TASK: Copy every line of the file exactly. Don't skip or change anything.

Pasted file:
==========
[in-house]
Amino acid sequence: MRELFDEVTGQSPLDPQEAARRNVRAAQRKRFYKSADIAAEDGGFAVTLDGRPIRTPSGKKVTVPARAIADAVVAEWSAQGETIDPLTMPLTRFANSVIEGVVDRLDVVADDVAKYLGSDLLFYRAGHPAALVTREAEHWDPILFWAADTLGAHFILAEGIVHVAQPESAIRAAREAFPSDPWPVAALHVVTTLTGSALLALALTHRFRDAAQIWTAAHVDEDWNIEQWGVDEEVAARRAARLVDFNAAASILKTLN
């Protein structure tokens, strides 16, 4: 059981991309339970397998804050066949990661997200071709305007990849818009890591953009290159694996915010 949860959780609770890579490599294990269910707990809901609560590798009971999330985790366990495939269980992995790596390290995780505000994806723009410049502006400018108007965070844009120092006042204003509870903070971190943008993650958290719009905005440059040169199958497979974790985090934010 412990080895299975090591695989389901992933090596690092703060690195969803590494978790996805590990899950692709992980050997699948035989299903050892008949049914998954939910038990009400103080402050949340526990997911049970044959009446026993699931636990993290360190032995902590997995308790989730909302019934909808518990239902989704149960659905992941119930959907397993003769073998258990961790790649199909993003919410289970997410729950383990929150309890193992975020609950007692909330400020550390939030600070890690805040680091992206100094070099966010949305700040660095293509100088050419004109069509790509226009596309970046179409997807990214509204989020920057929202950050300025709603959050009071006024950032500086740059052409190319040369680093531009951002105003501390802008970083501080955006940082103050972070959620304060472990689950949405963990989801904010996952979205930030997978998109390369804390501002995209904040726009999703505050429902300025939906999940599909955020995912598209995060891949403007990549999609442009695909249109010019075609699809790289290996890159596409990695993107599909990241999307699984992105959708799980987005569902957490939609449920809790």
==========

[in-house]
Amino acid sequence: MRELFDEVTGQSPLDPQEAARRNVRAAQRKRFYKSADIAAEDGGFAVTLDGRPIRTPSGKKVTVPARAIADAVVAEWSAQGETIDPLTMPLTRFANSVIEGVVDRLDVVADDVAKYLGSDLLFYRAGHPAALVTREAEHWDPILFWAADTLGAHFILAEGIVHVAQPESAIRAAREAFPSDPWPVAALHVVTTLTGSALLALALTHRFRDAAQIWTAAHVDEDWNIEQWGVDEEVAARRAARLVDFNAAASILKTLN
């Protein structure tokens, strides 16, 4: 059981991309339970397998804050066949990661997200071709305007990849818009890591953009290159694996915010 949860959780609770890579490599294990269910707990809901609560590798009971999330985790366990495939269980992995790596390290995780505000994806723009410049502006400018108007965070844009120092006042204003509870903070971190943008993650958290719009905005440059040169199958497979974790985090934010 412990080895299975090591695989389901992933090596690092703060690195969803590494978790996805590990899950692709992980050997699948035989299903050892008949049914998954939910038990009400103080402050949340526990997911049970044959009446026993699931636990993290360190032995902590997995308790989730909302019934909808518990239902989704149960659905992941119930959907397993003769073998258990961790790649199909993003919410289970997410729950383990929150309890193992975020609950007692909330400020550390939030600070890690805040680091992206100094070099966010949305700040660095293509100088050419004109069509790509226009596309970046179409997807990214509204989020920057929202950050300025709603959050009071006024950032500086740059052409190319040369680093531009951002105003501390802008970083501080955006940082103050972070959620304060472990689950949405963990989801904010996952979205930030997978998109390369804390501002995209904040726009999703505050429902300025939906999940599909955020995912598209995060891949403007990549999609442009695909249109010019075609699809790289290996890159596409990695993107599909990241999307699984992105959708799980987005569902957490939609449920809790």